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Barrow cemetery 200m south of Whitecomb Plantation

A Scheduled Monument in Aldbourne, Wiltshire

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Coordinates

Latitude: 51.4941 / 51°29'38"N

Longitude: -1.6423 / 1°38'32"W

OS Eastings: 424928.941018

OS Northings: 177294.289058

OS Grid: SU249772

Mapcode National: GBR 5XQ.CL0

Mapcode Global: VHC1B.HQ41

Entry Name: Barrow cemetery 200m south of Whitecomb Plantation

Scheduled Date: 10 March 1925

Last Amended: 16 January 1991

Source: Historic England

Source ID: 1013054

English Heritage Legacy ID: 12180

County: Wiltshire

Civil Parish: Aldbourne

Traditional County: Wiltshire

Lieutenancy Area (Ceremonial County): Wiltshire

Details

The monument includes a linear barrow cemetery, orientated SE-NW, and
comprising three adjoining bell barrows and a bowl barrow. The
monument is aligned along the crest of a prominent ridge-top and on
the opposite side of a dry valley from a second barrow cemetery. The
bowl barrow is at the southern end of the cemetery (SU24957725). It
stands to a height of 3m and is 29m in diameter. The mound has a flat
top 6m across. Surrounding it is a ditch 5m wide and 0.5m deep on all
but the eastern side where it survives as a buried feature. The
southernmost bell barrow (SU24937730) is 3.5m high and 22m in
diameter. Surrounding the barrow mound is a sloping berm 5m across and
an outer ditch 5m wide and 0.7m deep. The central bell barrow
(SU24917733) is 2m high and 18m in diameter. A berm c.4m wide
surrounds the mound with an outer ditch 6m across and 0.7m deep
surrounding the mound and abuting the ditch of the southern bell
barrow. A central hollow 7m across represents early partial excavation
of the site. The northern barrow mound (SU24887735) is 3m high and 22m
in diameter, surrounded by a berm 4m wide. The ditch surrounding the
monument is 4m wide and 0.7m deep.
All of the barrow mounds were partially excavated by Canon Greenwell,
a prolific excavator of barrows, between 1885 and 1890. Finds included
cremation burials, amber beads, flint flakes, a grooved dagger and
animal bones.

MAP EXTRACT
The site of the monument is shown on the attached map extract.

Source: Historic England

Reasons for Scheduling

Round barrow cemeteries date to the Bronze Age (c.2000-700 BC). They comprise
closely-spaced groups of up to 30 round barrows - rubble or earthen mounds
covering single or multiple burials. Most cemeteries developed over a
considerable period of time, often many centuries, and in some cases acted as
a focus for burials as late as the early medieval period. They exhibit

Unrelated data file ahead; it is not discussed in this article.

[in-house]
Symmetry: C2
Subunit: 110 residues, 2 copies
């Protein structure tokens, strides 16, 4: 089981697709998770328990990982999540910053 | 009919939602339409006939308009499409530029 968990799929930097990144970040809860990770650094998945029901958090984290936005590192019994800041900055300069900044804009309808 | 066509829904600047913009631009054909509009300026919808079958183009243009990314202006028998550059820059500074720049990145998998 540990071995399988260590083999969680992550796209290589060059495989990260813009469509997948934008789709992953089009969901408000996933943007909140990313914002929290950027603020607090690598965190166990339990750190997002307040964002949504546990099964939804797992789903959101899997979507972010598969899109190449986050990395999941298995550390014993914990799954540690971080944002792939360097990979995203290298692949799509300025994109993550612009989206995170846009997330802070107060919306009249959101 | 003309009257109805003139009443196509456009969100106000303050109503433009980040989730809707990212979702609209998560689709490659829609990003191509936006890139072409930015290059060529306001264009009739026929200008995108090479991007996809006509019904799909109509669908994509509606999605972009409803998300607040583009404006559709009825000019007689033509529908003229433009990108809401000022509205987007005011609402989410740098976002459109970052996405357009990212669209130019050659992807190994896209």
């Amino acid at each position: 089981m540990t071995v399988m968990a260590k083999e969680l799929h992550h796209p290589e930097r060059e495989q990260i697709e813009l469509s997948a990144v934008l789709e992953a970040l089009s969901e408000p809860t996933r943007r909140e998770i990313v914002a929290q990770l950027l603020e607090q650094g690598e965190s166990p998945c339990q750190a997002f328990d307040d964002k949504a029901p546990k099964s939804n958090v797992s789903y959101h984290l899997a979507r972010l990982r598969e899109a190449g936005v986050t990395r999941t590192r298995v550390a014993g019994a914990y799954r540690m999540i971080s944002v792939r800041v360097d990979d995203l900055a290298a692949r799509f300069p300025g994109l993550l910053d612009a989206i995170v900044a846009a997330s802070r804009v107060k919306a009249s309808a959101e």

considerable diversity of burial rite, plan and form, frequently including
several different types of round barrow, occasionally associated with earlier
long barrows. Where large scale investigation has been undertaken around them,
contemporary or later "flat" burials between the barrow mounds have often been
revealed. Round barrow cemeteries occur across most of lowland Britain, with a
marked concentration in Wessex. In some cases, they are clustered around other
important contemporary monuments such as henges. Often occupying prominent
locations, they are a major historic element in the modern landscape, whilst
their diversity and their longevity as a monument type provide important
information on the variety of beliefs and social organisation amongst early
prehistoric communities. They are particularly representative of their period
and a substantial proportion of surviving or partly-surviving examples are
considered worthy of protection.

Despite partial excavation of the Whitecomb Plantation barrow
cemetery, much of the monument remains intact and survives as an
excellent example of a linear barrow cemetery with considerable
archaeological potential.
The importance of the site is further enhanced by the fact that
numerous other barrow mounds as well as additional evidence for
contemporary settlement survive in the area. This provides a clear
indication of the extent to which the area was settled during the
Bronze Age period.

Source: Historic England

Sources

Books and journals
'Wiltshire Archaeological Magazine' in Wiltshire Archaeological Magazine:Volumes 70-71, , Vol. 70-71, (), 133
Greenwell, Canon, 'Archaeologia' in Archaeologia (Volume 52), , Vol. 52, (1890), 49
Greenwell, Canon, 'Archaeologia' in Archaeologia (Volume 52), , Vol. 52, (1890), 48-9
Greenwell, Canon, 'Archaeologia' in Archaeologia (Volume 52), , Vol. 52, (1890), 46-9

Source: Historic England

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